Aug 2 Election: Ferndale Schools Sinking Fund Millage

Kramer_TOP_02Aug 2 Election: Ferndale twsted_tavern_AD_more textSchools Sinking Fund Millage

(Crystal A. Proxmire, April 20, 2016)

Ferndale, MI – Voters in the Ferndale School District will be asked to approve a 1.3 mil sinking fund millage to pay for repairs in the District’s buildings.  The information below was taken directly from a Q&A on the Ferndale Schools website at http://www.ferndaleschools.org/district/facilities/sinking-fund/….

Ferndale Sinking Fund Executive Summary

What is a sinking fund?

A Sinking Fund millage is a limited property tax, considered a “pay-as-you-go” method for funding building maintenance and infrastructure projects. No debt or interest expense is Judy_Palmer30yearsincurred with a Sinking Fund. The tax is levied each year and the revenue generated from this levy is designated to building upgrades or repair. Sinking Fund expenses are audited by the Michigan Department of Treasury for compliance annually. The Sinking Fund revenues cannot be used for general fund expenditures (i.e.., to keep schools open).

Why do we need a Sinking Fund if we just passed a bond in 2012?

Over the past decade, there have been severe cuts to the state’s per pupil allocation compounded by shifting enrollment trends, which is the primary source of funding for the district’s ongoing operations. The only additional means to fund the district is by asking voters for approval to levy mills for debt (i.e. purchase of land for future building projects) and blumz01sinking funds (i.e. capital outlay to build or renovate facilities). The original amount of work identified in 2012 was over $30 million, but the law on bond funds prohibited going out for that amount. Without the Sinking Fund millage, major repairs would need to be paid for with operating funds that would otherwise be used to support educational needs of the district.

The District has identified $13,000,000 worth of projects over the next 15 years that are critical school safety or building and site repair/improvements (see below). Suspending these facility repairs would result in more expensive emergency repairs in the future. The Sinking Fund would allow the district to systematically respond to these maintenance needs, ultimately reducing the total cost while prioritizing student safety.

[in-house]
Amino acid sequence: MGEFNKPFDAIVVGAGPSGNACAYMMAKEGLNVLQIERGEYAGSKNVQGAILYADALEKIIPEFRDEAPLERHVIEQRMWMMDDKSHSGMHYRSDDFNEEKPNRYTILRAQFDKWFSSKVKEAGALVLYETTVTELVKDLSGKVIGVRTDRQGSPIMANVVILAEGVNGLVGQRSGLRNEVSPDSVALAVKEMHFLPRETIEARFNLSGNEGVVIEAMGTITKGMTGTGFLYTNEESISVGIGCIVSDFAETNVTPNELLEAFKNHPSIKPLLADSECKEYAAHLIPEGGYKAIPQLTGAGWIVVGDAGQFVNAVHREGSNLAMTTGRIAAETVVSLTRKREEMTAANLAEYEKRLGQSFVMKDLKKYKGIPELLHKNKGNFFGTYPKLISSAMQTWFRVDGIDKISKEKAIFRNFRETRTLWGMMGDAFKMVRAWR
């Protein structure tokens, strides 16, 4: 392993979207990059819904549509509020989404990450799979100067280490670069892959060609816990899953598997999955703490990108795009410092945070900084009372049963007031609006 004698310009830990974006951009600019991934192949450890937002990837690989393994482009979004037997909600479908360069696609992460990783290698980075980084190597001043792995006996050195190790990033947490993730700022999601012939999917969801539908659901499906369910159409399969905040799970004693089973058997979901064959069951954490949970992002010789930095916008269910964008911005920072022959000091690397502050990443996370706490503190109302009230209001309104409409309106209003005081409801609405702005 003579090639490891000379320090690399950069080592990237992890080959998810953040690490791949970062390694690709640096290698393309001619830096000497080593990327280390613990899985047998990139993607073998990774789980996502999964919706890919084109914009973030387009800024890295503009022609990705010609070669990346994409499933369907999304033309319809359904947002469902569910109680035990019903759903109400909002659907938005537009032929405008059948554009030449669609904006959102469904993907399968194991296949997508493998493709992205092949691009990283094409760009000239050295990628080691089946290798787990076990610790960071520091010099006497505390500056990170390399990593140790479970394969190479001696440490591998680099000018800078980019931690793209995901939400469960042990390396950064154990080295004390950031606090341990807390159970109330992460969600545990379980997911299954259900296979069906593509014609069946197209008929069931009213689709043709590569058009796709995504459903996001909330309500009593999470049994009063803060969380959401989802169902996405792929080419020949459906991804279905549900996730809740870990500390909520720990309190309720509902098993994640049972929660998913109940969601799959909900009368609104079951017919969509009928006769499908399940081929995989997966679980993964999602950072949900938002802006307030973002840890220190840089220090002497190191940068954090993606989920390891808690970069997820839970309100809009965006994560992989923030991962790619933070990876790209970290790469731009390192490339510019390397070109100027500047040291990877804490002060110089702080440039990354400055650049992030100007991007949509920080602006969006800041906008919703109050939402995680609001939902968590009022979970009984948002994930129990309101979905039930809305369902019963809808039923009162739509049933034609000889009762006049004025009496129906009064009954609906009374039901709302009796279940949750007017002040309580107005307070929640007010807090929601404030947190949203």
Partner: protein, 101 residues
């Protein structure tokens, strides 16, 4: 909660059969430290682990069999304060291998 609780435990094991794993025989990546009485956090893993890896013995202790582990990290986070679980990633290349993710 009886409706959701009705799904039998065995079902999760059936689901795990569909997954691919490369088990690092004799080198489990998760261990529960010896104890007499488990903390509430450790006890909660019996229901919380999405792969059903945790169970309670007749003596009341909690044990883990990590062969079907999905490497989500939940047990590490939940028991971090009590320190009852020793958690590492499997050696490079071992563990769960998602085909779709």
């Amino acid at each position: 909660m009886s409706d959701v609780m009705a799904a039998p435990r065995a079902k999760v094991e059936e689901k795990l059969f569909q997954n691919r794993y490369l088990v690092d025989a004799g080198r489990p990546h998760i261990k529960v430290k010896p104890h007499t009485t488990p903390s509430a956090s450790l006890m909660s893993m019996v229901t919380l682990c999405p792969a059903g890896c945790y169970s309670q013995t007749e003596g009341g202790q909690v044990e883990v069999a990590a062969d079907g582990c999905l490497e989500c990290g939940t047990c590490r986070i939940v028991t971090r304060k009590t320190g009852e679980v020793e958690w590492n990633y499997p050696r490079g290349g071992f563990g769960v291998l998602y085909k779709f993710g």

Items

Estimated Cost

Roofs

$3,075,559

Exteriors

$2,888,516

Interior Improvements/Energy Efficient Lighting

$2,944,764

HVAC & Energy Efficiency

$3,261,100

Electrical

$1,063.320

Total

$13,233,319

What is the difference between a sinking fund and a bond?dinos02sidelogo3

Most school construction and improvements are paid for with bonds, which is really borrowing money. We have to pay that money back with interest and fees, and have a special tax dedicated to paying off each bond. Because it’s complicated, schools usually only use bonds for major projects every 10 to 20 years. That makes sense for new structures and additions, but not so much for things like roof replacement or heating system upgrades. The sinking fund allows schools to pay for these kinds of smaller renovations as we go, without having to borrow money or pay interest. It also means that we’re not letting our schools deteriorate for ten or fifteen years while we wait for a new bond project.

What is the school district asking of residents?

We are asking for an increase of 1.3 mills ($1.30 per $1,000 of taxable value of your property -approximately 50% lower than your market value) for 15 years. This would raise about $850,000 per year for facility improvements or about $13,000,000 in fifteen years. Below is the impact on your property taxes.

Home Market
Value

Home Taxable
Value

Annual
Increase

Monthly
Cost

$100,000

$50,000

$65

$5.41

$150,000

$75,000

$130

$10.83

$200,000

$100,000

$195

$16.25

$250,000

$125,000

$260

$21.67

Please review the following documents.Schrock2015_SmilingFace_ad

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